Smith shared a lighter story. Toward the end of her year in Afghanistan, she had a scheduled night off, but her name was put back on the flight schedule for that night. “I gave some pushback. I wanted to enjoy that night off, but was told that I would be happy about being placed back on the flight schedule, although I wasn’t told why.” The next day, she and the other pilots went to their hangars, curious about their mission. They were finally told that they had been selected as an armed Kiowa team to fly aerial security for President Bush in Air Force One. “We got to watch Air Force One come into sight under our night vision goggles, and it was an incredible honor to be selected for that mission. It was an incredible way to finish out my final mission in Afghanistan,” she said. 

She acknowledged that her journey as a small town farm girl, to flying multimillion dollar helicopters in combat, and leading missions was not easy, but that it was an incredible ride. “I made some wonderful friends, and unfortunately lost some due to the realities of war. I engaged with terrorists, the Taliban, and al Qaeda. I've been shot at, I’ve been in firefights, and had some extremely close calls. Those experiences in the military have had a lasting effect on my life,” she declared.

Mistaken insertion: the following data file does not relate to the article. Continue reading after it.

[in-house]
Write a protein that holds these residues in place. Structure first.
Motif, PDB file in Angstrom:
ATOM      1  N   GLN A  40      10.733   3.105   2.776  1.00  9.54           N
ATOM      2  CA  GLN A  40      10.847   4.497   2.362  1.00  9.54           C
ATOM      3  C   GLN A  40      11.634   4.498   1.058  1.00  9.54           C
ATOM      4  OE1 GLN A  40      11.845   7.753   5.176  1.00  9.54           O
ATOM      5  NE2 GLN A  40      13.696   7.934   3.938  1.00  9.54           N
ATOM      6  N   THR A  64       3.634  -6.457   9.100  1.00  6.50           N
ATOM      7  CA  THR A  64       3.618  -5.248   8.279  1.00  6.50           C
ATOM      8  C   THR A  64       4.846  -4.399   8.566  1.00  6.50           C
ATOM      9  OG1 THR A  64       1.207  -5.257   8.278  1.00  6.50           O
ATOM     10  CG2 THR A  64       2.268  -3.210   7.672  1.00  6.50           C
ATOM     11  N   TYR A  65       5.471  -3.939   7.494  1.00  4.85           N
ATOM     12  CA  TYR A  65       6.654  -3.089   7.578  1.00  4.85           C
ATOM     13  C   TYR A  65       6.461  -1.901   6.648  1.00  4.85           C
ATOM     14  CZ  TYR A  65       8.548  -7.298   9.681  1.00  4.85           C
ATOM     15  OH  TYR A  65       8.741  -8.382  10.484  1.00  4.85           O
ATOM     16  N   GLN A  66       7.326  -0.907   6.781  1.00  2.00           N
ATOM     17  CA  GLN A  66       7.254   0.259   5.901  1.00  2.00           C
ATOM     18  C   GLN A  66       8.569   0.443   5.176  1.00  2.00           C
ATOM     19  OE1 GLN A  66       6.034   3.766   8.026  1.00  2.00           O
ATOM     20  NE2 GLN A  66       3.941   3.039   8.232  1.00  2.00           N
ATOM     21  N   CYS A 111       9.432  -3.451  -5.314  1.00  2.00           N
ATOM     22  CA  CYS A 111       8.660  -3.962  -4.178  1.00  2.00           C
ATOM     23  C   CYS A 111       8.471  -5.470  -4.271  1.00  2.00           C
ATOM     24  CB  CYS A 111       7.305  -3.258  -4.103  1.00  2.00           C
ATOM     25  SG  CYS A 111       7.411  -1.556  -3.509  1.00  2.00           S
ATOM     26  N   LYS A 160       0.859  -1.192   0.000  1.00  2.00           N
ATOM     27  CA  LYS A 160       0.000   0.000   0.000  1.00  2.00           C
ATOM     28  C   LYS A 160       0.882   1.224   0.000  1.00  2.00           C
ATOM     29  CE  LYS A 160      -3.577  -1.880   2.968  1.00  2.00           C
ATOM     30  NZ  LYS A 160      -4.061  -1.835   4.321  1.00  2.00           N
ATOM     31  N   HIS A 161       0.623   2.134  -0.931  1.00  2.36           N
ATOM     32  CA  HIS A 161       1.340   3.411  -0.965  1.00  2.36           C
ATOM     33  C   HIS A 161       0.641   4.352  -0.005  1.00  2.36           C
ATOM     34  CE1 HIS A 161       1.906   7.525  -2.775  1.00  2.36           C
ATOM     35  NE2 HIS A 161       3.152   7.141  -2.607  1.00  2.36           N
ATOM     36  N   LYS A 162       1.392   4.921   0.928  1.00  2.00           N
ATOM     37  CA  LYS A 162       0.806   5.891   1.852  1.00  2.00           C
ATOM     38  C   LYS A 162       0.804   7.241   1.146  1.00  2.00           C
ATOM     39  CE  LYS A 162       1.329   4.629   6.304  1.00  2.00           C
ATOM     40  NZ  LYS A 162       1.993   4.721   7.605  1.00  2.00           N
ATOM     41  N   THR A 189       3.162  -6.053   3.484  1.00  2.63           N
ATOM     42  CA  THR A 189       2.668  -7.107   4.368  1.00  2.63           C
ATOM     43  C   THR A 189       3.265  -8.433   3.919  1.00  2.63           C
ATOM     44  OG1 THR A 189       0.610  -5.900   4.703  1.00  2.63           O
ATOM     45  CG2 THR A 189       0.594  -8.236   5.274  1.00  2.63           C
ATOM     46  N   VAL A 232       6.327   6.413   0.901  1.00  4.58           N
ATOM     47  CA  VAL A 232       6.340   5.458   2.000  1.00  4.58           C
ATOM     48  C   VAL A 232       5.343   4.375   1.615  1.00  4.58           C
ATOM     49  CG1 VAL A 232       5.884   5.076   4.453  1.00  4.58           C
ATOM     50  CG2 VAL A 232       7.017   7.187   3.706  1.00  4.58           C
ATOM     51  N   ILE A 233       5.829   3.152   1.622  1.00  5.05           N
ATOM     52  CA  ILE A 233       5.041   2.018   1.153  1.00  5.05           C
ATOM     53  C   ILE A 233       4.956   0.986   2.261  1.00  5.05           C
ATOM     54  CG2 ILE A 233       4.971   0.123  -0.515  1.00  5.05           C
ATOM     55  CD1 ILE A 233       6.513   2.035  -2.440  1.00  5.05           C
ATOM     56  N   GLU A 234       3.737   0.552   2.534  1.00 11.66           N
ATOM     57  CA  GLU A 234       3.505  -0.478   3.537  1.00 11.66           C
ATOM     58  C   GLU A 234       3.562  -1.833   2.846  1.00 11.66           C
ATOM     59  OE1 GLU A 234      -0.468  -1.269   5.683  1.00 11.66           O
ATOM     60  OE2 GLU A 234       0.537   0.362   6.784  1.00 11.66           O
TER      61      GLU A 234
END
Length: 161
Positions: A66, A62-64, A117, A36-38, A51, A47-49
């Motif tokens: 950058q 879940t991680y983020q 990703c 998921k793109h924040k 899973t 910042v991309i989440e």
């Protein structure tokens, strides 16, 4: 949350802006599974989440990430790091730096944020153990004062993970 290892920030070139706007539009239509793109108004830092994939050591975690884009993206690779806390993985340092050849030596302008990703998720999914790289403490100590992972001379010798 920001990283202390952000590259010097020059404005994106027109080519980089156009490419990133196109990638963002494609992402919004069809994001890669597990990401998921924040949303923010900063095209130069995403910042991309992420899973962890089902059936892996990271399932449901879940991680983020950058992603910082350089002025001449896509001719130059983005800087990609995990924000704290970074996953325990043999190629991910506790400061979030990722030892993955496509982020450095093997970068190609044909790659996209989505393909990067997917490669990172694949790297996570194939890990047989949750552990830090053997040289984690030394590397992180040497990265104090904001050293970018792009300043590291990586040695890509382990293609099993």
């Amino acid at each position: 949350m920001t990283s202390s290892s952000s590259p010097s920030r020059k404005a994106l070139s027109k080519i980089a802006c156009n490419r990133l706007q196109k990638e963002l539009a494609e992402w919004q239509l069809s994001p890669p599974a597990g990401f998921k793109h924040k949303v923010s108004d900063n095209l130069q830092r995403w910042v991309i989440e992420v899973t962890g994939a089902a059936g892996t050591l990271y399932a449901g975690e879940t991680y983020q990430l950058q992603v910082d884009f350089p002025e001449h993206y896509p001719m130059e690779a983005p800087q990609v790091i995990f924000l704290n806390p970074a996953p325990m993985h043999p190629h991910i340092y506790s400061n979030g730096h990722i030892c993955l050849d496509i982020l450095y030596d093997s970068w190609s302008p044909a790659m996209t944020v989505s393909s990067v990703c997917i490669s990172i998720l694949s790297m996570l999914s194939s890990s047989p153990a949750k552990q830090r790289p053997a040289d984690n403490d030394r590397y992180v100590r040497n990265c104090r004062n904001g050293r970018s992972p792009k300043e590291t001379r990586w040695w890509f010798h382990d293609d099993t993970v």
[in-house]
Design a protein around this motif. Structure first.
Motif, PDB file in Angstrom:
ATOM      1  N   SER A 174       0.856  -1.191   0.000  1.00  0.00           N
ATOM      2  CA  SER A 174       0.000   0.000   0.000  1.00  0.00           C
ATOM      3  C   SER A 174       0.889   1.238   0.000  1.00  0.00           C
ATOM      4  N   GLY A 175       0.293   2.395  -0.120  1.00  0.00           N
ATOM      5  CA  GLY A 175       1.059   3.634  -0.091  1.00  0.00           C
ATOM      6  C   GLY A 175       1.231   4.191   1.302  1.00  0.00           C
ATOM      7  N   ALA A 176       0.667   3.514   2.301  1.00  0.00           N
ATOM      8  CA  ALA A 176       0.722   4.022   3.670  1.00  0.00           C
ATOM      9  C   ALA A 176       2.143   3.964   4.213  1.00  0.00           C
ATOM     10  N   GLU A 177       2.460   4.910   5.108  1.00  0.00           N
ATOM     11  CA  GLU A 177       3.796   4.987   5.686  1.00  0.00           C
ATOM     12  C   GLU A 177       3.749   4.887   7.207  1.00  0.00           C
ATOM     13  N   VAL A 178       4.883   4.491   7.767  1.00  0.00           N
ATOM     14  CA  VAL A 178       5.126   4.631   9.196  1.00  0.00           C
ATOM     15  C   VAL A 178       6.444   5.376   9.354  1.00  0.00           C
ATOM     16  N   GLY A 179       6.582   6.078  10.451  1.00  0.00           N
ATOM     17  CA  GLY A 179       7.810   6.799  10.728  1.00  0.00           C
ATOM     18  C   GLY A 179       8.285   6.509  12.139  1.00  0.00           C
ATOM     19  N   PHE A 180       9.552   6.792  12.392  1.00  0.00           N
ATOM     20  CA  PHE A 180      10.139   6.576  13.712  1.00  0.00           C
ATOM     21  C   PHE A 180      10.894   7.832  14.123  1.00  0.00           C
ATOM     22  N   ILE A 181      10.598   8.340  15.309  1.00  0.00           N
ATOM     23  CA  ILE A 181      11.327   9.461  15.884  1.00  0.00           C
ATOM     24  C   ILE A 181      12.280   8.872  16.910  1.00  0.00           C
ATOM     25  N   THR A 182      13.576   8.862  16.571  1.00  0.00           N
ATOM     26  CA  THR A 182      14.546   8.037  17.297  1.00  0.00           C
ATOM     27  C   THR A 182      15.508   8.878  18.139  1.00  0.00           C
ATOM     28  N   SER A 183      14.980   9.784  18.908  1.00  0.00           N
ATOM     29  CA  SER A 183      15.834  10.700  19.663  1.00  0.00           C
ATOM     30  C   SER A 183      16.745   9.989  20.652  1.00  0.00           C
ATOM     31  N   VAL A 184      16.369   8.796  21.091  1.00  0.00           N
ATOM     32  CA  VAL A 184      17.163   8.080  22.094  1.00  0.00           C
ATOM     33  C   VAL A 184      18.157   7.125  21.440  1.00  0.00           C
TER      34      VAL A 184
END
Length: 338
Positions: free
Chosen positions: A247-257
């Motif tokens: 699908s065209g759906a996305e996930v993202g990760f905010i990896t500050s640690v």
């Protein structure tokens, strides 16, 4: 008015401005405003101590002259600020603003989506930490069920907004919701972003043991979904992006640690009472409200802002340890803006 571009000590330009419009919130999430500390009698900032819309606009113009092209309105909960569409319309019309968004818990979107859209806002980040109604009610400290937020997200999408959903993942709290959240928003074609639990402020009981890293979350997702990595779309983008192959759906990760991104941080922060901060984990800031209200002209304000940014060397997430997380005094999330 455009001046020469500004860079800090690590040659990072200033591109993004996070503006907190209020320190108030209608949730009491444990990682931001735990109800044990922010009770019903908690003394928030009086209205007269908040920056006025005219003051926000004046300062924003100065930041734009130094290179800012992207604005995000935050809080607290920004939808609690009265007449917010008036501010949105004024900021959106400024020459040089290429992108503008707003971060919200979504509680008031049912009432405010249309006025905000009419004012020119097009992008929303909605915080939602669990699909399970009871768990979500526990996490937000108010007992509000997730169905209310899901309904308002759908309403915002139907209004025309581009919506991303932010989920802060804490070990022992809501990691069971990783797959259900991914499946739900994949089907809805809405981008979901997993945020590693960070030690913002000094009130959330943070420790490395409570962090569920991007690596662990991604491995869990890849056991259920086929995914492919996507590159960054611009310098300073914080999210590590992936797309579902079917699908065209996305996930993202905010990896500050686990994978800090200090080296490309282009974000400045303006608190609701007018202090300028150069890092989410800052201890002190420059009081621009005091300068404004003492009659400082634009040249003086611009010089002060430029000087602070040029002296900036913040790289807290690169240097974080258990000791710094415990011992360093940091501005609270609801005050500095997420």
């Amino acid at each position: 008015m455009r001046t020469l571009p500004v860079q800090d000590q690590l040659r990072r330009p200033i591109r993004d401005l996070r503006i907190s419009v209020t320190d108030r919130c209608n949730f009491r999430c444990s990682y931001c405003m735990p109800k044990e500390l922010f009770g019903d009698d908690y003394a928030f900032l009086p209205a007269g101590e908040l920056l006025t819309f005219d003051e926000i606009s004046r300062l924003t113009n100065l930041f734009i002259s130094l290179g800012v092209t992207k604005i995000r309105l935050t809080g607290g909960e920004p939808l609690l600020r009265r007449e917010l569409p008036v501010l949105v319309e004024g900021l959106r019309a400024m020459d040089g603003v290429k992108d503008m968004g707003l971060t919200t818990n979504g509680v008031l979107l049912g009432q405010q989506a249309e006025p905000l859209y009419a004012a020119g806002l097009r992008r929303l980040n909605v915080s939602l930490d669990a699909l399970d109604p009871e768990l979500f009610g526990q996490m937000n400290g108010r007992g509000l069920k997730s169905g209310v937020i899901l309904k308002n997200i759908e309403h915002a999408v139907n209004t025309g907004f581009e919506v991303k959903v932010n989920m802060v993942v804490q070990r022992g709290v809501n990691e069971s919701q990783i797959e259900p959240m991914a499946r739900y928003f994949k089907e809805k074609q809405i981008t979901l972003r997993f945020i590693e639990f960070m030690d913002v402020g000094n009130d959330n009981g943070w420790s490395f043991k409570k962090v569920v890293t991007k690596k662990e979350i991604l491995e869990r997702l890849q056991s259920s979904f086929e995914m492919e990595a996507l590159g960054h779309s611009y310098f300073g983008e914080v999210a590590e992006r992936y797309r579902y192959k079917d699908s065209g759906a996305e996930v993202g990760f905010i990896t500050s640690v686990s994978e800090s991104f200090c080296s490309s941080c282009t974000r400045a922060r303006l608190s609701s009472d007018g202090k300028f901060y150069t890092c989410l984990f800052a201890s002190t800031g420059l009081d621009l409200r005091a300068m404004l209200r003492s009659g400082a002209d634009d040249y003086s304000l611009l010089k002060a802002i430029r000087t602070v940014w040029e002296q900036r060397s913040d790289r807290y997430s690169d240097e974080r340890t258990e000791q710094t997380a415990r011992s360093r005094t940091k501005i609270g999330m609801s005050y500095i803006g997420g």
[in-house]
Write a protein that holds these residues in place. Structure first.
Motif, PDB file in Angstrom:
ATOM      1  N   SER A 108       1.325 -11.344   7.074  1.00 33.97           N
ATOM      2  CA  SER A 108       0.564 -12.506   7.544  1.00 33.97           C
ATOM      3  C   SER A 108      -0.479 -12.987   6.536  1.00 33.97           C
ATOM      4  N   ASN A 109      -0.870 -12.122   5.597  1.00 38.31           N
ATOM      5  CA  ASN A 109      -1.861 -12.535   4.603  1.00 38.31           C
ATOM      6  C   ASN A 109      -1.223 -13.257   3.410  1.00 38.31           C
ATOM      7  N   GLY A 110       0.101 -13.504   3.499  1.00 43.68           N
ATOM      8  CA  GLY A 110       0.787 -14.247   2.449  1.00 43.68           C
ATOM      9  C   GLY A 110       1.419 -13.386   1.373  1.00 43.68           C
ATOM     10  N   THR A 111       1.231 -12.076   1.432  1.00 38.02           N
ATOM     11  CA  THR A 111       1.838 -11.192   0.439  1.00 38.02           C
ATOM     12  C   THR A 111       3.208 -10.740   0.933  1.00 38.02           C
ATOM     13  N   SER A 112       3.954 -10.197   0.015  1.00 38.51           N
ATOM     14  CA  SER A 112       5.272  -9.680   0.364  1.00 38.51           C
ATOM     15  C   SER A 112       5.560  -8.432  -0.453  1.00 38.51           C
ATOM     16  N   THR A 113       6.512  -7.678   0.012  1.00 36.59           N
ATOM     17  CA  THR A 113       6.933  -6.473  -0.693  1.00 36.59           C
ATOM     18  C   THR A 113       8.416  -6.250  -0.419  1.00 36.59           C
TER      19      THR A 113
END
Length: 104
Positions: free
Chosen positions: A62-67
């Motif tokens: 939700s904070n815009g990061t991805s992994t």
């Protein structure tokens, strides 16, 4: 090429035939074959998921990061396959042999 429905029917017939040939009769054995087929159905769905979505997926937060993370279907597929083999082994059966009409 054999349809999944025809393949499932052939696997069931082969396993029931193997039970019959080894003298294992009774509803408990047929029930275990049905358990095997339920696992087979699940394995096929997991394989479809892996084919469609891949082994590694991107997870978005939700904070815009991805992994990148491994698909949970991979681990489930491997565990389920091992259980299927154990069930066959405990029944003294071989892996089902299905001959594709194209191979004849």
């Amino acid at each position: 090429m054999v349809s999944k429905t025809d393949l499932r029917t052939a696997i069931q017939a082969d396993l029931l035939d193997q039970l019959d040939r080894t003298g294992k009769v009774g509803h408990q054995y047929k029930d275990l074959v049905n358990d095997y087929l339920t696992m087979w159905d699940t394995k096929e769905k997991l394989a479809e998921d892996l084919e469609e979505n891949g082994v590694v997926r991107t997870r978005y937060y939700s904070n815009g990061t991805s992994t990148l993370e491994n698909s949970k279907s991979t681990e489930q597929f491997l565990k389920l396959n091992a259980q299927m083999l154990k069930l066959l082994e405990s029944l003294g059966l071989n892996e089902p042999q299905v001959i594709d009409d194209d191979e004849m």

After leaving the military, she entered graduate school and studied writing for two years. “I found out that I wasn't a horrible writer. I was just intimidated by it. I didn't hate it, I actually loved it, and had a passion for it,” she remarked. She has had articles published, which led to analysis and commentary, then the publishing of her book.  

To the cadets she gave closing words of wisdom, “The road less traveled is not an easy one, and it's definitely not for the faint of heart. You're going to hit roadblocks, you're going to hit potholes. You're going to have people that try to run you off the road. But if you make the decision to take some risk, and go that route and stick with it through those hard times that you will face, you will learn exactly what you are capable of, and that it will be more than you ever imagined.”  

Marianne Hause
Communications & Marketing
VIRGINIA MILITARY INSTITUTE